Reporting on violence such as last weekend's rioting in Birmingham can be difficult for news organisations.
By Sunday morning it was clear that one man had died - another was killed later that day - and there was a trail of damage in the Lozells area of the city.
But many people felt the BBC was omitting a key fact from its coverage - that the clashes had been between black and Asian youths.
"The Times and other newspapers revealed the obvious racial element that the BBC could only bring itself to hint at on the TV news," wrote Martyn Beardsley.
It wasn't just TV news. "I have not got the foggiest idea what's gone on," said Barry Bernstein of the online reporting.
And Colin Meade complained: "I keep on reading your articles on Birmingham and coming away confused. Who called the church meeting and why? Who were this group of 100 people who started the riot?"
Did phrases such as "sustained disorder" confuse viewers?
A story on the Newsround website avoided reporting the race of any of the people involved.
John Price wrote: "Imagine telling the story of the LA riots of a few years ago without mentioning the racial aspect of the story."
Marek Pruszewicz was editing the TV news during the trouble. He denied there was a BBC policy to withhold information which newspapers were reporting on Sunday morning.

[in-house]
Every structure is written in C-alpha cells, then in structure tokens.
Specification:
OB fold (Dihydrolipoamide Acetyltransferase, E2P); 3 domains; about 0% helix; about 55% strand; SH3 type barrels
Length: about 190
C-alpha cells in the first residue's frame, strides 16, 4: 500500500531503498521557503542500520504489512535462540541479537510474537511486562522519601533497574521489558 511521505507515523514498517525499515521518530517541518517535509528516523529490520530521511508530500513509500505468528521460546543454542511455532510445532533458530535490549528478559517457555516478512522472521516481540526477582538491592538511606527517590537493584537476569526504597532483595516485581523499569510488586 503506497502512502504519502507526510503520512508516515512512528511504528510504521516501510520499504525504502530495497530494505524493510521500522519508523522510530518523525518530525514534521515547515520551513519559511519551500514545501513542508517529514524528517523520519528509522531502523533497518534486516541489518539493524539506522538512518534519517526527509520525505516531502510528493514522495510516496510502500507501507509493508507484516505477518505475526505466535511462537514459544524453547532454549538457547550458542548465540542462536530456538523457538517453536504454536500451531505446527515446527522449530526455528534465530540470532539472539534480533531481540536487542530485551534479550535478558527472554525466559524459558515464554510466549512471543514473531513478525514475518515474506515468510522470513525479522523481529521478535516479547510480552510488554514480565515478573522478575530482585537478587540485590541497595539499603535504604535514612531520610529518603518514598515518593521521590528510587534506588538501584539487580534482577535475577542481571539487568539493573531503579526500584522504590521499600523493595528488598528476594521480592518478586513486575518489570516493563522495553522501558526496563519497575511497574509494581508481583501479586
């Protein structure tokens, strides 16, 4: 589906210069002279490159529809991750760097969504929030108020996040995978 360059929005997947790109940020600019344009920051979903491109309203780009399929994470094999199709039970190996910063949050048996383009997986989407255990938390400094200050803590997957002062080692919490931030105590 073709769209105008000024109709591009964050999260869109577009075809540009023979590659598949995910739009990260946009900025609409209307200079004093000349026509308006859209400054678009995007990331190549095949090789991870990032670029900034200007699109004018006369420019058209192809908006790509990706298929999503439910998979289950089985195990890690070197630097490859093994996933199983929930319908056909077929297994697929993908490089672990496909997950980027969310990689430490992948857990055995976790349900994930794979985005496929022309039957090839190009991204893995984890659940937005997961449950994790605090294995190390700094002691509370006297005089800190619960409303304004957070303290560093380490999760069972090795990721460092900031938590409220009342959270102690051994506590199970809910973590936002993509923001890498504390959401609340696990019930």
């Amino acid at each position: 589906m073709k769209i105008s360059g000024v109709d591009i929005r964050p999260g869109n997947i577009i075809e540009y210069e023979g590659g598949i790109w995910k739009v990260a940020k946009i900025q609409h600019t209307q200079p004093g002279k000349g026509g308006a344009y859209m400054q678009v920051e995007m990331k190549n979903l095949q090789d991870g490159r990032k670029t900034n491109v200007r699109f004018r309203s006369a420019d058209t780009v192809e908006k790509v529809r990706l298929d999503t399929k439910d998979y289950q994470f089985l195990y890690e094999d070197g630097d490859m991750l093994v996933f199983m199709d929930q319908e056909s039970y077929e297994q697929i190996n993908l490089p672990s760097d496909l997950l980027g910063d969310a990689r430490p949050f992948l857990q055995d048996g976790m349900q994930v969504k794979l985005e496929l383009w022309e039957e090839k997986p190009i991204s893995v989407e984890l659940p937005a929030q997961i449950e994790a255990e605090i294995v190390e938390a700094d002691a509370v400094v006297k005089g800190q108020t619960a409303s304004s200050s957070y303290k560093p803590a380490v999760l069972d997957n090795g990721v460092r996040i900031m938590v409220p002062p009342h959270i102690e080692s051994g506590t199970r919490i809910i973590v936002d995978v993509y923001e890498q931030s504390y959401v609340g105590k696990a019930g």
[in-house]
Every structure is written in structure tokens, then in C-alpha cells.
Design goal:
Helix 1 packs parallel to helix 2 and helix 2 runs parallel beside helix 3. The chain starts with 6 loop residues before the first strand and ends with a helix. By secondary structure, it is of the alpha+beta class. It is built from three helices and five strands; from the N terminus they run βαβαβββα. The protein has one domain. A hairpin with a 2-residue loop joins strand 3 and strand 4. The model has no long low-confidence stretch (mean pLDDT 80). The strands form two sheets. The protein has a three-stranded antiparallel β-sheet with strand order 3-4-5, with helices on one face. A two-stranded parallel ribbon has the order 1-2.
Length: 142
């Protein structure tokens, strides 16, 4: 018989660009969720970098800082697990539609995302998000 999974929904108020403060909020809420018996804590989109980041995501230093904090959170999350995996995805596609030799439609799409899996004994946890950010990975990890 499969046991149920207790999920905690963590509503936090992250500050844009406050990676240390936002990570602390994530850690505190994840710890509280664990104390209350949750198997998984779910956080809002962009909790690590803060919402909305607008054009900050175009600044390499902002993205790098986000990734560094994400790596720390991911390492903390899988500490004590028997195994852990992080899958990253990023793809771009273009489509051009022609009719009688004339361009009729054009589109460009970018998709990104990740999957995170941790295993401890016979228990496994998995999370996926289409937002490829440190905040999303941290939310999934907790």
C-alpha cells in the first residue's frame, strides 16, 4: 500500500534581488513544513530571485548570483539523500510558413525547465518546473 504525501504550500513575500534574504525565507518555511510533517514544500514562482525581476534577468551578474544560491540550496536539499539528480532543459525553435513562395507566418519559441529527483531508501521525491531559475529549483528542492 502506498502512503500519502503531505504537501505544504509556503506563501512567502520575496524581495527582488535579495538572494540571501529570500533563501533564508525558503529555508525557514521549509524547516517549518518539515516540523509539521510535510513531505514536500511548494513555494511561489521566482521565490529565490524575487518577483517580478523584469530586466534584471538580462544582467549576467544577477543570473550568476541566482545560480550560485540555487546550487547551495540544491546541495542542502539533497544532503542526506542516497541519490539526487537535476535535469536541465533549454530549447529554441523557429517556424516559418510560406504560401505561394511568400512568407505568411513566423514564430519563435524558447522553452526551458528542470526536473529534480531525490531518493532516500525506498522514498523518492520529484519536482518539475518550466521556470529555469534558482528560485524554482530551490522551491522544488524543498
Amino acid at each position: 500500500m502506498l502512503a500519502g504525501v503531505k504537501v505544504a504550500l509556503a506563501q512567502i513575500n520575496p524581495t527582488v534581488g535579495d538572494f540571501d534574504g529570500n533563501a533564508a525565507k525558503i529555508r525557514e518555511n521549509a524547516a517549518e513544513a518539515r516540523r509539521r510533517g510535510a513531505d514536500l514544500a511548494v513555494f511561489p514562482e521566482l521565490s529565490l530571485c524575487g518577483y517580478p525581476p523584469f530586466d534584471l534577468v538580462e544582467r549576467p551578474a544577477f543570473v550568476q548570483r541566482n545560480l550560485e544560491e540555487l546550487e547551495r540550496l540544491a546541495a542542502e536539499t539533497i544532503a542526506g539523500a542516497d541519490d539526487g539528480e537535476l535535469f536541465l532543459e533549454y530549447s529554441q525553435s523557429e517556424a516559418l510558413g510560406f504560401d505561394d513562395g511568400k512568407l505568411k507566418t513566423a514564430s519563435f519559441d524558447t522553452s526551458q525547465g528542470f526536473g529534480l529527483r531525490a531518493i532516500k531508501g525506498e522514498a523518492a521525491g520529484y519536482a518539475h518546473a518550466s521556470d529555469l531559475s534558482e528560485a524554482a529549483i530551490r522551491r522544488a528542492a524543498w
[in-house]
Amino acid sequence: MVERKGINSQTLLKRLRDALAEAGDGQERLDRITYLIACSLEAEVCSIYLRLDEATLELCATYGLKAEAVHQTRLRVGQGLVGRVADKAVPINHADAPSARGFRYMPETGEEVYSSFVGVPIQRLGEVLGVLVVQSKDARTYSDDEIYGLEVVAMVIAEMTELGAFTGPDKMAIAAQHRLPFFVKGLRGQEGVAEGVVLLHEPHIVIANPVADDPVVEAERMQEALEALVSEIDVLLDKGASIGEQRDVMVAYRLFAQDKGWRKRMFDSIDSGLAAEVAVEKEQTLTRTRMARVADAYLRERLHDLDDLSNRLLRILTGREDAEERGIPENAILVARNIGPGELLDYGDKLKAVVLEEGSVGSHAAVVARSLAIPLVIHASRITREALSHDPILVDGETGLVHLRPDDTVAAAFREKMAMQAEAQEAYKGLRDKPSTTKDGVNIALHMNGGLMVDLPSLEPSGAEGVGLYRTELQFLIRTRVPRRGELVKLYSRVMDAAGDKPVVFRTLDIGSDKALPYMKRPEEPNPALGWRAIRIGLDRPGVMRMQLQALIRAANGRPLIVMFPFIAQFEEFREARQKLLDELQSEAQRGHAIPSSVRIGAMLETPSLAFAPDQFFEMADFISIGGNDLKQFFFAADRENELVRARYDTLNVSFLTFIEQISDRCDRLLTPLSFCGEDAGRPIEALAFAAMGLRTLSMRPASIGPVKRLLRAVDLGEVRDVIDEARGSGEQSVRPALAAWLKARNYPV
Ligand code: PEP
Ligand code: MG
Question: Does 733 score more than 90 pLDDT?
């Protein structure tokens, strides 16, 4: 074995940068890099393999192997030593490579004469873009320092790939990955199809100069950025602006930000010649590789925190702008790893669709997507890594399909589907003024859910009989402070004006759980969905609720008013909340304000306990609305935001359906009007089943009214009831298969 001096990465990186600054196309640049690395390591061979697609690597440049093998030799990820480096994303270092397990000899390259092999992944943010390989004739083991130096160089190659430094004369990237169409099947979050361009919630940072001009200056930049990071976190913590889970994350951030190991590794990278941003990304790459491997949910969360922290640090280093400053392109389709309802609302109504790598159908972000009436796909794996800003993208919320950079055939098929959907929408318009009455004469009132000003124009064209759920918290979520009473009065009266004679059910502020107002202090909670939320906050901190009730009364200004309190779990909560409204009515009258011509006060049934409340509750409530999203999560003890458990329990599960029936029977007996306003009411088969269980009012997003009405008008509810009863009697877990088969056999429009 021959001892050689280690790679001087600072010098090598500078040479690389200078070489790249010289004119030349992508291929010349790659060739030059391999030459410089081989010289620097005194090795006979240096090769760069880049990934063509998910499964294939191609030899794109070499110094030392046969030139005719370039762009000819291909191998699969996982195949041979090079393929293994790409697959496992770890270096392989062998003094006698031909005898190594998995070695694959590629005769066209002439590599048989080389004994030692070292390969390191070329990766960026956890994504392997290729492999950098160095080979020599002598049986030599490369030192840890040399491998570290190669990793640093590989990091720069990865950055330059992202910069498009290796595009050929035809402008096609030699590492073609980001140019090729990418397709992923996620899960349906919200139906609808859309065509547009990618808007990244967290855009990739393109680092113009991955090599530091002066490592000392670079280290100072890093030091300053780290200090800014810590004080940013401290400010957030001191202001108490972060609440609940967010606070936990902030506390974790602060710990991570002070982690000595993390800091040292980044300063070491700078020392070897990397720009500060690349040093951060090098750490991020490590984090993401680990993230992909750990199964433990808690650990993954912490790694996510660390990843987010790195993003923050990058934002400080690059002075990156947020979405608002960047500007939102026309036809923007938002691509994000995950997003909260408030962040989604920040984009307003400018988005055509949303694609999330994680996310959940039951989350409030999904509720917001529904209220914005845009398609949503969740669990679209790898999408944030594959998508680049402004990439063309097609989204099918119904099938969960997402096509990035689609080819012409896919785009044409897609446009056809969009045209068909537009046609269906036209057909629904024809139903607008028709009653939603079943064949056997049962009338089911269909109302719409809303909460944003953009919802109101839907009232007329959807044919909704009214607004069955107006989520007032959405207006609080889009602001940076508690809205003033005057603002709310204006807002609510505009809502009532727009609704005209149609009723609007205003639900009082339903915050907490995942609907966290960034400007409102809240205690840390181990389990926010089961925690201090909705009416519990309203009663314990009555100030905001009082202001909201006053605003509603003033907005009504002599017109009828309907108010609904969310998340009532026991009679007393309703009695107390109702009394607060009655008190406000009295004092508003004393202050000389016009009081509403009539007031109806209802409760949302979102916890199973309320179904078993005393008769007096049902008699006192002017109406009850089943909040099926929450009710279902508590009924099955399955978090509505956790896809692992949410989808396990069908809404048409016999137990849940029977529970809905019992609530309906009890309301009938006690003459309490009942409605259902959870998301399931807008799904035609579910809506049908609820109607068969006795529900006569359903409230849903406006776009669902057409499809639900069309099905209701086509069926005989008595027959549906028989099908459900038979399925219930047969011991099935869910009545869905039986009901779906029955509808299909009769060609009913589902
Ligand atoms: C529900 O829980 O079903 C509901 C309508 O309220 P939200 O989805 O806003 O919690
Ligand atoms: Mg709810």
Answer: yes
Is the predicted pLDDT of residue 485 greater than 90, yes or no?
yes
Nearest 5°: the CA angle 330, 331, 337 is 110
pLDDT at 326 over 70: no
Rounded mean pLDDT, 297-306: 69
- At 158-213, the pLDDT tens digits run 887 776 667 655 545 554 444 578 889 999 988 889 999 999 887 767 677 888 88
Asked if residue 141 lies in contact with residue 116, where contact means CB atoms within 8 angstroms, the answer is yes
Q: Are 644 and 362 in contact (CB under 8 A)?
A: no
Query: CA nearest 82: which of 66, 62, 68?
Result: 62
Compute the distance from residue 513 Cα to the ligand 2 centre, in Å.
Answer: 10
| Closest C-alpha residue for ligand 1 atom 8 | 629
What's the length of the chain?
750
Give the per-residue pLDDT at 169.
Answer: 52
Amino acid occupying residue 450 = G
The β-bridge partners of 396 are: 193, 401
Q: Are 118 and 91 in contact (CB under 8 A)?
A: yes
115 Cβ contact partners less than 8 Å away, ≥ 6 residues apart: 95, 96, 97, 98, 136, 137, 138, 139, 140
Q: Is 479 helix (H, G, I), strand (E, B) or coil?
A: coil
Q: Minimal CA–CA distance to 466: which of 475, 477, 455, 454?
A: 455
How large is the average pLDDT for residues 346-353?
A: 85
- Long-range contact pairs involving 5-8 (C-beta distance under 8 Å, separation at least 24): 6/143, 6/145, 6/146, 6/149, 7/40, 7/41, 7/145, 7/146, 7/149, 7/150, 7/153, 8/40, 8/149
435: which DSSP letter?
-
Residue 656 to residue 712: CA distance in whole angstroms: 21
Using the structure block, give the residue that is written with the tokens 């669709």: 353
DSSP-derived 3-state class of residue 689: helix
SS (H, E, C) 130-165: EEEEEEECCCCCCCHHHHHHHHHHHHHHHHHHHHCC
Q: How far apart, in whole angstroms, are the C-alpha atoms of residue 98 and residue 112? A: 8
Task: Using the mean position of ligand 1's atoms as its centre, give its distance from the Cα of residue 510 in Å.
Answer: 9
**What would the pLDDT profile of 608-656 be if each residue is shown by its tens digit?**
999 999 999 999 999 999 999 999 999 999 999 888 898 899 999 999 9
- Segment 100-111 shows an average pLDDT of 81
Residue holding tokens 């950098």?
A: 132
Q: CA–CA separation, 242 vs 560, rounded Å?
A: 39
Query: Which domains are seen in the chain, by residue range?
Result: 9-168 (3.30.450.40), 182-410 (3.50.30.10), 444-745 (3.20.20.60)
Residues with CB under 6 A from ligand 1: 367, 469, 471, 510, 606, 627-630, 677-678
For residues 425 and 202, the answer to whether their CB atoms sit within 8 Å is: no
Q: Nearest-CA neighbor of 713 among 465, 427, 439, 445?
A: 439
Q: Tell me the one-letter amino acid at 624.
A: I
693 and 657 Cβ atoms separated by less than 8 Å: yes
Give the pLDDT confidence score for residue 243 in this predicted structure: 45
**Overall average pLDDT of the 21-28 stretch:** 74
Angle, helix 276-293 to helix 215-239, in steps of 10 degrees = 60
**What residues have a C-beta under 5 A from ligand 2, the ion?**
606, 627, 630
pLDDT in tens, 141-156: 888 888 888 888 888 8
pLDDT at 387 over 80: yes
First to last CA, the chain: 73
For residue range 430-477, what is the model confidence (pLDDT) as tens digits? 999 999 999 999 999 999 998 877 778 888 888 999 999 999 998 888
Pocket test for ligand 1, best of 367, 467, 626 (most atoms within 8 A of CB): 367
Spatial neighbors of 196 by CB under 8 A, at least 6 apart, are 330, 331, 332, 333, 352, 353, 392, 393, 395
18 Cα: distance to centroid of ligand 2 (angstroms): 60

"There is no culture of political correctness, there are no edicts given. I was in charge of TV news at the weekend and I didn't lay down any edict, quite the opposite, in fact," he explained.
"I was very keen for us to report this as accurately and factually and relevantly as we could.
"This was an incredibly complicated and incredibly sensitive story to cover. What apparently triggered these disturbances was a story about an event that we still don't know actually happened and also it's a story about race, which is something the BBC - I think quite rightly - treats quite sensitively."
But he conceded that in seeking to be both accurate and cautious, the BBC hadn't always given viewers the full picture.
"I think our reporting later in the day on Sunday was absolutely fine, it was pretty clear. Do I think it was clear as it could have been earlier in the day? No, I don't think it was," said Mr Pruszewicz.
"There are times when you can tell the viewer things you don't know as well as things you do know - things you don't know for sure but you believe may be an element of something behind the story.
"If you don't do that you can find yourself losing trust from the viewer. You can find yourself in a position where the viewer thinks: "Are they holding something back?"
"But one of the things we are very keen not to be accused of is inflaming things.
"Journalists at the BBC want to report fact, they want to be accurate. They don't want to be in a position where they report every rumour that springs from the rumour mill."
Gary Duffy, the UK editor of the BBC news website, agreed that some of the initial online coverage could have been clearer.
"We should handle issues of racial tension with great care, but we shouldn't avoid or downplay it when it clearly does have a bearing on a story we are covering," he said.
"Obviously we need to exercise sensitivity, but it is also right and proper that we should carefully report the full facts.
"As the situation developed, we provided plenty of reports that explained the trouble in its full context."